The Blizzard and How to Fight It
I have made a concerted effort to pay attention to the news in eastern Washington and, to a lesser degree, national and international news, especially over the last two years.
The stream of information is like a blizzard. Without a conscious and concerted effort one's opinions may be formed by snippets from the haphazard media encounters. As the blizzard blows by, certain snippets catch and stick, some by chance, some because of each potential recipient's momentary mindset, some because the snippet is particularly dramatic, horrifying, or poignant.
There are two examples from this week. My canvassing partner and I on Monday encountered a woman and her daughter who had grasped a snippet of intentional misinformation, that Lisa Brown "didn't want sex offenders to be registered." As is often the case, she couldn't quite remember where she had heard this factoid, although it pretty clearly floated out of the television from the "predator" commercial McMorris Rodgers authorized and paid for. It stuck with this recipient in particular because someone in her family had been abused. Propagandists understand this.
This week's Republican media burst around Lisa Brown's thirty year old dissertation is based on a different principle, buzzwords. "Communism, socialism, anarchy" blare from the titles. Never mind those words have nothing to do with the dissertation. The intent is to shock, to associate the reader's ingrained negative images around these words with the persona of the candidate. The propagandist counts on the receptivity of the reader and the conviction the reader will not have the interest, time, or energy to actually examine the evidence. After all, "it's in the newspaper, it must be true." Do you remember "swiftboating," the well-funded Republican lies that helped sink John Kerry's campaign for President in 2004? Same method.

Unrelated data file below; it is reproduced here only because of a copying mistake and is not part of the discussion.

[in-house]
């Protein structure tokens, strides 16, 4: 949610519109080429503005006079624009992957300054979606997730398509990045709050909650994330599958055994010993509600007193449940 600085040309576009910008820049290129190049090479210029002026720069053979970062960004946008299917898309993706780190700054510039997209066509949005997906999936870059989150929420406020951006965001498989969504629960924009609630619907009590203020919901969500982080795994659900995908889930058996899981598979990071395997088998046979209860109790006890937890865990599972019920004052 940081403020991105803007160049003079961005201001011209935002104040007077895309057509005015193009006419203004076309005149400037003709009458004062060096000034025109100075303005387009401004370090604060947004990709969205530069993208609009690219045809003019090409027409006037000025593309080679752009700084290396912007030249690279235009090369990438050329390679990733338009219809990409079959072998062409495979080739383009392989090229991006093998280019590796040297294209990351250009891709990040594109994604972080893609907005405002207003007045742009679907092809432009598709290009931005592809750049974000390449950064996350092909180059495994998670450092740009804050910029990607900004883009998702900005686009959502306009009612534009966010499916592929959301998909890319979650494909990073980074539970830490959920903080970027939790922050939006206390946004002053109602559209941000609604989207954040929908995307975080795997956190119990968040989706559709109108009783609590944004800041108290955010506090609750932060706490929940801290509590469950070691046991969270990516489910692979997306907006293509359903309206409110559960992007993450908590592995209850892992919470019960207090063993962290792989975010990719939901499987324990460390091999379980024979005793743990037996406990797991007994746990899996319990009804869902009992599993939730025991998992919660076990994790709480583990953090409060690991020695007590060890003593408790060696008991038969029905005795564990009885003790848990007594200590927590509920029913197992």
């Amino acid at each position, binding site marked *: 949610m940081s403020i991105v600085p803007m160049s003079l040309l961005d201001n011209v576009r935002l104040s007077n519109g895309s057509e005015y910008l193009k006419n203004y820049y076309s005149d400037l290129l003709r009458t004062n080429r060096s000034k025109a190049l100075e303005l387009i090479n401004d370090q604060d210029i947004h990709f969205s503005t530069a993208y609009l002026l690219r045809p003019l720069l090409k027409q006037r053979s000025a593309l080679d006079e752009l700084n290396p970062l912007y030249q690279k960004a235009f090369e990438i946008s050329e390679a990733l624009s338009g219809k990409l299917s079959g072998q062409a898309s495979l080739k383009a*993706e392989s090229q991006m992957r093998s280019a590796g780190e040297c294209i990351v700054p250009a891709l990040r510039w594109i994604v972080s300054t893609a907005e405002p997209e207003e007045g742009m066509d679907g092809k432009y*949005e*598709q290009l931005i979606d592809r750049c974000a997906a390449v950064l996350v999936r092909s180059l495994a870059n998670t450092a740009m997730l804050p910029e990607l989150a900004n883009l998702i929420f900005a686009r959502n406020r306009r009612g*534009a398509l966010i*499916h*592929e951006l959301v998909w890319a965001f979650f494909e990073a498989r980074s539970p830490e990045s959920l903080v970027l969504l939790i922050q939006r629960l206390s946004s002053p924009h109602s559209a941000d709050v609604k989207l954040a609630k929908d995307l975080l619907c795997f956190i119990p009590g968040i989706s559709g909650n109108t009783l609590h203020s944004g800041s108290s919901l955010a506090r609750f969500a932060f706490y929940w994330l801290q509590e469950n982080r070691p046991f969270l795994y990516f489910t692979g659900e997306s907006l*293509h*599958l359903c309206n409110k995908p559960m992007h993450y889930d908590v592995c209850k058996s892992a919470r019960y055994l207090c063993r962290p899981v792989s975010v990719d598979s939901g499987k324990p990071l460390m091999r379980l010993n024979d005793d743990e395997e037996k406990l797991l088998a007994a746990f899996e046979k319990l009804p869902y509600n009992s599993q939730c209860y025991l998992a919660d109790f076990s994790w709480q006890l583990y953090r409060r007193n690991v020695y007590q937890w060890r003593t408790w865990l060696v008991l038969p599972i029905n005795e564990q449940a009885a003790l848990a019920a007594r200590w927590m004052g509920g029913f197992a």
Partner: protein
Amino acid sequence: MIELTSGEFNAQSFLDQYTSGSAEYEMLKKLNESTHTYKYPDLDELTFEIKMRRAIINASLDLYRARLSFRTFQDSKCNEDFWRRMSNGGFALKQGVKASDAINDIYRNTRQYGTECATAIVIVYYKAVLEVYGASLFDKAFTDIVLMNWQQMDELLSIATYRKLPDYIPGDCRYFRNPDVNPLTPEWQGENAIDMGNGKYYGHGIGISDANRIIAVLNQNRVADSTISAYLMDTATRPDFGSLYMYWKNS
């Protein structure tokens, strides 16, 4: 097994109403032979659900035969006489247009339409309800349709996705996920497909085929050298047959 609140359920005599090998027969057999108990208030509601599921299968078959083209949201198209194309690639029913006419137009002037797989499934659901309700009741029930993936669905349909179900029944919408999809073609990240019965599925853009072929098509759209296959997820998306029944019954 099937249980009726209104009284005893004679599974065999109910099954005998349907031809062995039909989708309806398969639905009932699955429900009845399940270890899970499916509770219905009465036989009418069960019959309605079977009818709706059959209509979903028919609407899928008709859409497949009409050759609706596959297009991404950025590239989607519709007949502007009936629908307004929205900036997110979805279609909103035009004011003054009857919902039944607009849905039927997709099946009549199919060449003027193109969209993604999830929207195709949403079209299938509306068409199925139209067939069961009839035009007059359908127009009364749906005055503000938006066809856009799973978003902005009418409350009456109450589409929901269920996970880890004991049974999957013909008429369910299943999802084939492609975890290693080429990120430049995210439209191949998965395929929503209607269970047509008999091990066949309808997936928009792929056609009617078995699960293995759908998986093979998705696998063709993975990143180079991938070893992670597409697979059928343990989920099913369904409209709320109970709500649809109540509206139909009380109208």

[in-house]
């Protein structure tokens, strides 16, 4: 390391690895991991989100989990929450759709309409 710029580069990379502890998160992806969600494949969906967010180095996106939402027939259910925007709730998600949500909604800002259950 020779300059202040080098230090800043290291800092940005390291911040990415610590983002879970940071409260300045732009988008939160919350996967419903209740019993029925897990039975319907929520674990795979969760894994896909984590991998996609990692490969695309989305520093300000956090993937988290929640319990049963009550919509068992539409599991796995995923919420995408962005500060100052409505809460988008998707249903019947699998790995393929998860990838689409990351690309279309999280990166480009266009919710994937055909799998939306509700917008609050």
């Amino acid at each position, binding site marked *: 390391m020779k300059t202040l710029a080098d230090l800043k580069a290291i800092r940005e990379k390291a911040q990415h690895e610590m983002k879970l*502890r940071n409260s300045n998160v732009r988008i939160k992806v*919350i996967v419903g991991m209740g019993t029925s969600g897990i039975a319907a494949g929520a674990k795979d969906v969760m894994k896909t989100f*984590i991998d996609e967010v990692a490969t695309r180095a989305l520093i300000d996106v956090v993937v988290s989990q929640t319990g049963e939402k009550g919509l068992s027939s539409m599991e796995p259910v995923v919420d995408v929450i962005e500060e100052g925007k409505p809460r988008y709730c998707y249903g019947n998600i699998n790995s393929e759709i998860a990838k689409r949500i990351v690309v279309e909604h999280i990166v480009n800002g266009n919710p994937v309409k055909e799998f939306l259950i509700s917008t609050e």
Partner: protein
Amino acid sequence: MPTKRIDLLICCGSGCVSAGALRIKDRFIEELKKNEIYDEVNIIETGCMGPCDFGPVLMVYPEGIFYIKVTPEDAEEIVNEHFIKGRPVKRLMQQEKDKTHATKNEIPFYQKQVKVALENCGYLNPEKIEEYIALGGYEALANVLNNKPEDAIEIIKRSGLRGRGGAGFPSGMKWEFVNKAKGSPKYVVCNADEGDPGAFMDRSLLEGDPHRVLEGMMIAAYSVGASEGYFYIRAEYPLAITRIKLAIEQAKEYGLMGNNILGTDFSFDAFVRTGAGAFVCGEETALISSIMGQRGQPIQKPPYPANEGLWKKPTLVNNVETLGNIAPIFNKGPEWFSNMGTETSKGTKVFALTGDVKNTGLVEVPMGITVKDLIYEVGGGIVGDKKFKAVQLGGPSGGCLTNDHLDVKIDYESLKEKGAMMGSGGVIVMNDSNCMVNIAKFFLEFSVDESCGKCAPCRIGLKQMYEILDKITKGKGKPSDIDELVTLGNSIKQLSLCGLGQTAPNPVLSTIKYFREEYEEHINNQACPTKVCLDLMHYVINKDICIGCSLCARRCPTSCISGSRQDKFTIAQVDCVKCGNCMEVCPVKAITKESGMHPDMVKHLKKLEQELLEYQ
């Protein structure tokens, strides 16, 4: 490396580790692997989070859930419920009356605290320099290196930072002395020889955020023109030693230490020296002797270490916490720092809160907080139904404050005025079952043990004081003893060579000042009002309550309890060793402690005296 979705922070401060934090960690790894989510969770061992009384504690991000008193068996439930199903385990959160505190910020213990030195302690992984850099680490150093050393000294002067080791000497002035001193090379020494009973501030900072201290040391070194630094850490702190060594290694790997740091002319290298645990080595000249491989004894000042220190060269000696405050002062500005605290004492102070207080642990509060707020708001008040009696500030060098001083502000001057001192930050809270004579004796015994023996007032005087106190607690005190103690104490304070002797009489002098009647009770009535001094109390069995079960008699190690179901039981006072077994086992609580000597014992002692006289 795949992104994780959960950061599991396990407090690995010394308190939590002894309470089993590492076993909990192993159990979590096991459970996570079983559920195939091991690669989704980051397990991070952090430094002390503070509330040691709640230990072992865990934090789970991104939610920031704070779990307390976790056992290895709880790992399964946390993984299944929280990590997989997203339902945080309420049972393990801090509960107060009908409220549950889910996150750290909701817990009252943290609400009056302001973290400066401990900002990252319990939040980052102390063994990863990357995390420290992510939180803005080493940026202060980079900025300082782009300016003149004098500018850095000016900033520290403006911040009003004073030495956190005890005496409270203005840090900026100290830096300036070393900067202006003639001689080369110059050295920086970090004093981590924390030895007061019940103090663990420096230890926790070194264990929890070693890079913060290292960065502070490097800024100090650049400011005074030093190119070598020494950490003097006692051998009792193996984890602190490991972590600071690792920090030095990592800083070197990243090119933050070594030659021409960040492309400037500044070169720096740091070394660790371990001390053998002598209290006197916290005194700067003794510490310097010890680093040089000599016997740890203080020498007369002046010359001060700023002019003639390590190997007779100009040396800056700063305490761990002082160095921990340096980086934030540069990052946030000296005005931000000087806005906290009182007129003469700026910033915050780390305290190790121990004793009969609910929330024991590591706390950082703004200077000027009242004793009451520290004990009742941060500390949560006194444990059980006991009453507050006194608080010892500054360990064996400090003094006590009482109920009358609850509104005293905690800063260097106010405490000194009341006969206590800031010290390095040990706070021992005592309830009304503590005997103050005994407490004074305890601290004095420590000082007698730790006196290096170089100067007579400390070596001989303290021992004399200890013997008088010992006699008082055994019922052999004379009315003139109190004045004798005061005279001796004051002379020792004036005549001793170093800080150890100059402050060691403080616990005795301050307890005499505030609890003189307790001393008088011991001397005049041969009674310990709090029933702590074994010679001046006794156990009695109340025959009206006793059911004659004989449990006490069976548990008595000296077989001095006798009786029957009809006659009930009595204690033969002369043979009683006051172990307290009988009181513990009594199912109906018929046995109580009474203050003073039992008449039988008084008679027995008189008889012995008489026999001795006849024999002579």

In this media blizzard, whether a person votes at all and for whom they vote if they do is often determined by the last snippet heard...or by a general disgust with the whole perplexing blizzard of contradictory evidence that induces paralysis.
The people who will determine the result of the election on November 6, just fifty-four days from now, are likely not the people who will watch the debate next Wednesday. Overwhelmingly, those folks have already made up their minds. The people who will make the difference are the folks I meet every time I go door knocking, people who admit they "don't follow politics," people who, like the woman and her daughter, who would vote but are stuck on one nasty, inaccurate snippet of information, people who are disgusted with the current state of affairs who just need a friendly person to make the effort, knock on their door, smile, listen, and encourage. Humans are built to respond to face-to-face encounters. The election can be won if enough of us get out and make those encounters. Make a difference. It is too depressing to just stay home, read, and watch the pundits on TV try to convince us they know what will happen. They don't know.
Keep to the high ground,